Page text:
To make sure that diagrams are easier to understand and interpret, standards are invented. If everyone draws in the same way, then it is easier to prevent misinterpretation. For this purposed the Unified Modelling Language is created and everyone is using them.
Therefore when modelling information, use UML. It is now also an industry standard all over the world.
As-is: the current state of affairs
Capturing an accurate as-is state of the area of the business in scope is very important, the whole project is based on the assumption that the problem is known. When the whole project is running with a wrong assumption, risks will manifest into real issues and bites you sooner or later.
Concepts that need to be fleshed out as part of the as-is models are:
- Business Process
Capture business processes by using BPML. Don’t document the whole business, just capture the ones that will be impacted by the system. These are the ones that matters.
- Domain model
Capture the current relationship of the logical entities involved using Entity-Relationship diagram. For example, in a software project to create an enrolment system, the logical entities are students, classes, teachers, and so on. It is also important to capture the relationship of these entities, especially when it is not obvious.
To-be: vision of the end game
The aim here is to produce artefacts that represents the vision of how the system will finally fit into the existing business model, solve the problem and deliver value.
Again, once artefacts are produced they can be circulated around key members of the project for cross-checking and approval and any conflicting information will be objected against.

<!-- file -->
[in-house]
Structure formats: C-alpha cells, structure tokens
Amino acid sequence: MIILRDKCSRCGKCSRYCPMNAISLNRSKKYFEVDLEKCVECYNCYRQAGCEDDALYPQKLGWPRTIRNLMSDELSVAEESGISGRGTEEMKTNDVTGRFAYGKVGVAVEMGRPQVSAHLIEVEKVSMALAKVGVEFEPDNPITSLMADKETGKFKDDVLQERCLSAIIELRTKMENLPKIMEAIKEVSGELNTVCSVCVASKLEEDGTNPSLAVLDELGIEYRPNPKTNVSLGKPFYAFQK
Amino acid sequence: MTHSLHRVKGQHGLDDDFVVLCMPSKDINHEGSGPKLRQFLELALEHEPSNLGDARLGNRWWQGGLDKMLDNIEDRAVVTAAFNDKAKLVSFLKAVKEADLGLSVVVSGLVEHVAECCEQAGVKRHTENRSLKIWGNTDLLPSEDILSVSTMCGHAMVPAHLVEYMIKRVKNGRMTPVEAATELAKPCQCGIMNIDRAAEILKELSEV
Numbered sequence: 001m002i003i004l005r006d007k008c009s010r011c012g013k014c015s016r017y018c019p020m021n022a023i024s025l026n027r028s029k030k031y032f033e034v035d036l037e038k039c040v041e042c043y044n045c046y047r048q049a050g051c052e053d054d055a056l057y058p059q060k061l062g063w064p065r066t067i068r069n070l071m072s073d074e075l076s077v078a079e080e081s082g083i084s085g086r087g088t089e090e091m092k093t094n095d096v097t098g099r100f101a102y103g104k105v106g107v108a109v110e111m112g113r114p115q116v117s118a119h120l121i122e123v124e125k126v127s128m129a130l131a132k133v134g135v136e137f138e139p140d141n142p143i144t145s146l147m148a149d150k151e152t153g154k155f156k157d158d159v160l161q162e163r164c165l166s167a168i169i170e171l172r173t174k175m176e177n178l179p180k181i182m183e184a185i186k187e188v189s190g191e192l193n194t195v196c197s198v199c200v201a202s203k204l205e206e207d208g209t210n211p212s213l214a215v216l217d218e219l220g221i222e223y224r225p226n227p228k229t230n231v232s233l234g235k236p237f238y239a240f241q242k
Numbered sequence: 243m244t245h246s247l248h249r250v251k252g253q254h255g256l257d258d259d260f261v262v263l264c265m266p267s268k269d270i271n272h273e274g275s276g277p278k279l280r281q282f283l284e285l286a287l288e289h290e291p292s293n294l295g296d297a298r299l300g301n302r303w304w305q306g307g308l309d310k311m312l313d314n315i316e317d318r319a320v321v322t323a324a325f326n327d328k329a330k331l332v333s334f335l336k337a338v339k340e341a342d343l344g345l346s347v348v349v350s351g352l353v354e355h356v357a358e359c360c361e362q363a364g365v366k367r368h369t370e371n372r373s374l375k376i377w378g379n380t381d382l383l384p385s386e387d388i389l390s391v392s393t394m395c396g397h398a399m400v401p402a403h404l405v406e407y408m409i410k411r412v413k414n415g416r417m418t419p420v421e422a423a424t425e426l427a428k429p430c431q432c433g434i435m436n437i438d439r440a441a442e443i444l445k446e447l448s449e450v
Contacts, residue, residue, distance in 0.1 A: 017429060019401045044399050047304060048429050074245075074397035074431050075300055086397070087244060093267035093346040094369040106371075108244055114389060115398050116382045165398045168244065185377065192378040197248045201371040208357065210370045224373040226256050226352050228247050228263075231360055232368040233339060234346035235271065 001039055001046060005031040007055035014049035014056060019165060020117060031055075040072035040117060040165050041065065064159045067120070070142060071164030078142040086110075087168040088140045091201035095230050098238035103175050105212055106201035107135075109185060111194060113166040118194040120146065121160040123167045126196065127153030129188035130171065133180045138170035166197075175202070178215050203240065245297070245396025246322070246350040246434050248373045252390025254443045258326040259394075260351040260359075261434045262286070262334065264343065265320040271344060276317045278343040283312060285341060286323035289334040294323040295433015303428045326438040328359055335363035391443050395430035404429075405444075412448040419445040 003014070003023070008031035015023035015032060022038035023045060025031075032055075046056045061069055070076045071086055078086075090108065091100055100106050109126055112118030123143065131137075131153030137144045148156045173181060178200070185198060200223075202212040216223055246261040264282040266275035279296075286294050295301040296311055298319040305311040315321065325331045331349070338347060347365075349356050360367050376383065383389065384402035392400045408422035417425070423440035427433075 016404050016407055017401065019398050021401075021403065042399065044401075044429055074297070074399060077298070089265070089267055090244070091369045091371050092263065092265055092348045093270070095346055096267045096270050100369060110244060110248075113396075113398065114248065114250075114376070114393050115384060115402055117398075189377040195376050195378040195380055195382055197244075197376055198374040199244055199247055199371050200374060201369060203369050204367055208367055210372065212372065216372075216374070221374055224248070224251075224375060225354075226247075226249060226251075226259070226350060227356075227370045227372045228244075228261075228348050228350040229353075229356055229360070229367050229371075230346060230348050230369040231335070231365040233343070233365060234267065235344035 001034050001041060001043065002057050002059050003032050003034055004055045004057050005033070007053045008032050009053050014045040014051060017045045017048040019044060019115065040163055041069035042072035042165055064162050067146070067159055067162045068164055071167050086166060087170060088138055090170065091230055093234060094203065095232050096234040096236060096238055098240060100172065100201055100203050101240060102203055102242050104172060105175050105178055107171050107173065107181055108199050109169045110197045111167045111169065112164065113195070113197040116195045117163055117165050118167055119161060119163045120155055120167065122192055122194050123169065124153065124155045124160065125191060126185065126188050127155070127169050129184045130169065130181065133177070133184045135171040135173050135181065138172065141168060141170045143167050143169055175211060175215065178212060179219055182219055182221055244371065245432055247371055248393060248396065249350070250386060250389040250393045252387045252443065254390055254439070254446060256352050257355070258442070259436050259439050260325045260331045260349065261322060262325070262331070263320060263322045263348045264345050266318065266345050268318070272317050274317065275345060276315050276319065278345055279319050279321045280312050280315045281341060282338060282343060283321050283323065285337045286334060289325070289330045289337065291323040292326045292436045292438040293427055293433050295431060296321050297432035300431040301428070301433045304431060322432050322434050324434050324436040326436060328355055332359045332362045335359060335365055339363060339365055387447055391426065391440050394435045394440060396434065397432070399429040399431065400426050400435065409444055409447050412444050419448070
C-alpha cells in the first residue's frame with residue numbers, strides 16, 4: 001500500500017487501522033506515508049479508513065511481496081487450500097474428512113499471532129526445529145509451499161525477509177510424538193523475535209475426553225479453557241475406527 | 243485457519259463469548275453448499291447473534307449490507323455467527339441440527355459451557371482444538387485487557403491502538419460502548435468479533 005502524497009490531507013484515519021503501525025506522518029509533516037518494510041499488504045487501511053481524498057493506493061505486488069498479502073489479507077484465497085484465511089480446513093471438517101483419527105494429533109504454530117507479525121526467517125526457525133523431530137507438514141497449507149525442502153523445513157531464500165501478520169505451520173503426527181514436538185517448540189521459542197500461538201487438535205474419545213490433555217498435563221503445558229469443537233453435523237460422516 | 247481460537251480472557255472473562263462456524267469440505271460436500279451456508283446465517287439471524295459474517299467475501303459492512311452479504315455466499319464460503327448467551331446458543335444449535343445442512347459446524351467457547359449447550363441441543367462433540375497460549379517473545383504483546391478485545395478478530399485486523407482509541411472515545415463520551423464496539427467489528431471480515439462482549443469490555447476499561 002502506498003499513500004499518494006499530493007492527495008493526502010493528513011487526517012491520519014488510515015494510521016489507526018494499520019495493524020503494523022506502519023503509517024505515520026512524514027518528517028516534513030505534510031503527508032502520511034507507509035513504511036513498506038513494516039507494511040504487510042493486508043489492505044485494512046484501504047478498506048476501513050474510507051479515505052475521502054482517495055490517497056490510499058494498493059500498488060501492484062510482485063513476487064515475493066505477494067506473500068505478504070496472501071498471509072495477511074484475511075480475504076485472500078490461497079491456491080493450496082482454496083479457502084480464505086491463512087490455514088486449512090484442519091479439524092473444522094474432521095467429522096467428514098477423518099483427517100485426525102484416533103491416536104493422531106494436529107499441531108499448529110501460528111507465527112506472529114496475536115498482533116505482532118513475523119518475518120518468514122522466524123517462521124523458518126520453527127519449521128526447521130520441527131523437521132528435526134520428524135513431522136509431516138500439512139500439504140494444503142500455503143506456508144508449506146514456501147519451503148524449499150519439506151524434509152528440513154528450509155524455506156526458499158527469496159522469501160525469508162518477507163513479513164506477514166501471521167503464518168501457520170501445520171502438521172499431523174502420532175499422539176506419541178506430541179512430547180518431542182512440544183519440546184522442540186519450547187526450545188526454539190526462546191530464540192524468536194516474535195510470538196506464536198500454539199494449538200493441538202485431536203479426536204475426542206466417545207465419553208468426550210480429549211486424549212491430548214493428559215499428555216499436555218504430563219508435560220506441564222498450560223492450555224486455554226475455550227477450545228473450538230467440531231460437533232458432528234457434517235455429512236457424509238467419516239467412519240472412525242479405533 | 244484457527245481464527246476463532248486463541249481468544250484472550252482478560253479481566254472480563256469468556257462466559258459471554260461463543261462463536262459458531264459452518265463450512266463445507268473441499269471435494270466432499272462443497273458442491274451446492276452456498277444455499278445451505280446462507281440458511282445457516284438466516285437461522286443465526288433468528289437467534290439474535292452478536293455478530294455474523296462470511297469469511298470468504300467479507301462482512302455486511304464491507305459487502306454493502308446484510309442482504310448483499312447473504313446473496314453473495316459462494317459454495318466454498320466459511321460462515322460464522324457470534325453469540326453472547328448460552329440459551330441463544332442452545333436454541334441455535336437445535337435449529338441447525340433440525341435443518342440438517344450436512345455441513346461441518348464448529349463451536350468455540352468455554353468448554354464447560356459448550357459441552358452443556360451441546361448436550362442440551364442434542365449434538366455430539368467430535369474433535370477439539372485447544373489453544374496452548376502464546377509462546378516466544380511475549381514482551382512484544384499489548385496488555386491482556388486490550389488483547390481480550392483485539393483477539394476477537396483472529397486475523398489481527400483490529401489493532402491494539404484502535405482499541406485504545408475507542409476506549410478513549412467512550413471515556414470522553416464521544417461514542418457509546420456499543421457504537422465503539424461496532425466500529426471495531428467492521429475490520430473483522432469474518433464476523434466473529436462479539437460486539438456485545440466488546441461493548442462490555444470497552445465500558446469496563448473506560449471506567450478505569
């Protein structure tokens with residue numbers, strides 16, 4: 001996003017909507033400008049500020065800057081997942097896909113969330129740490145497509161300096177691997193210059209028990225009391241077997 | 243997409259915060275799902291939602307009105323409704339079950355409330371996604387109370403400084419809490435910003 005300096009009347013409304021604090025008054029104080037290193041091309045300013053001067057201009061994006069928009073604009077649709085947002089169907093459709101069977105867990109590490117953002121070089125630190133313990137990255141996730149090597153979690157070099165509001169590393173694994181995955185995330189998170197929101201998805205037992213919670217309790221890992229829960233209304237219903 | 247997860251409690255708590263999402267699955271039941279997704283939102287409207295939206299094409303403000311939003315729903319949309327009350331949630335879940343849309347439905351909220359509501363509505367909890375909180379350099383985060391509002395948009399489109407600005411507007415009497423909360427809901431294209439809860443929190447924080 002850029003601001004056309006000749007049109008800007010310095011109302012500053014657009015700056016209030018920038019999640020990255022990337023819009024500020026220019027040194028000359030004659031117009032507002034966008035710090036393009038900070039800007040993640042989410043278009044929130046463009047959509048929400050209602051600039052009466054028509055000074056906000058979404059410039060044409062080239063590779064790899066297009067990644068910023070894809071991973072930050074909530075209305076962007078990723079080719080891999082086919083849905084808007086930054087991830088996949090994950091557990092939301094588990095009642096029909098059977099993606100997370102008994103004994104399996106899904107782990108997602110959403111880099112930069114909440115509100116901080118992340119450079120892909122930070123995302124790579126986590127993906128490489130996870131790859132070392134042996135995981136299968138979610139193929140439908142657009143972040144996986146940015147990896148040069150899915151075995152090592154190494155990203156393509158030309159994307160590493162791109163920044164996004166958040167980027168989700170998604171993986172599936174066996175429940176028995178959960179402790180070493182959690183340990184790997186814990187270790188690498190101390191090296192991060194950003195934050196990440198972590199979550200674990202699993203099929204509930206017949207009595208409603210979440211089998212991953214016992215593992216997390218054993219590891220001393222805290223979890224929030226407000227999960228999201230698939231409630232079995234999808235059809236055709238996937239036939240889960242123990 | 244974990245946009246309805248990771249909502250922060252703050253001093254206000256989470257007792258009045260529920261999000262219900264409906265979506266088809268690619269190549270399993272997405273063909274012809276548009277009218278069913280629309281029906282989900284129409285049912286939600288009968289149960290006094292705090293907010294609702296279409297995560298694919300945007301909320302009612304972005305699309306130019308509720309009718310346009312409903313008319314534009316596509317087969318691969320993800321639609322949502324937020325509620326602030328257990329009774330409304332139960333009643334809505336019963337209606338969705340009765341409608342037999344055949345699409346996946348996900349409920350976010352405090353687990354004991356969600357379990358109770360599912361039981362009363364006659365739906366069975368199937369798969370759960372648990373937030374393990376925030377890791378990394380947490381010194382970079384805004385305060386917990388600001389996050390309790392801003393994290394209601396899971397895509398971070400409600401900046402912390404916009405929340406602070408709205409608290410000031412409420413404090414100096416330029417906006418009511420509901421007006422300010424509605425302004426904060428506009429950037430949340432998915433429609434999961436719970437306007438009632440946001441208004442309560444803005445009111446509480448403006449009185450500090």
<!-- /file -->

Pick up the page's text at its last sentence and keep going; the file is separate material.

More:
In doing so, it is important to remember that you are NOT the project owner, nor should you have any personal involvement – never take a objection personally – remember that you are here to bridge the gap, not to prove that you are right.
As a consultant, you may argue with your client. But remember that at the end of the day the answer is ‘yes’.
– AK, owner of a consulting company
If your to-be models are objected against, it means that there are discrepancies in what you understood to be the end vision as to what the client perceives. Sometimes even clients / key stakeholders bicker amongst themselves on what the end should be. No problem, resolves all disagreement early, but resolves it quick. And by all means, resolve it (if you can).
Concepts that need to be fleshed out as part of the to-be models are:
- Business Process
Capture with BPML, relevant only if the business processes changes
- Domain model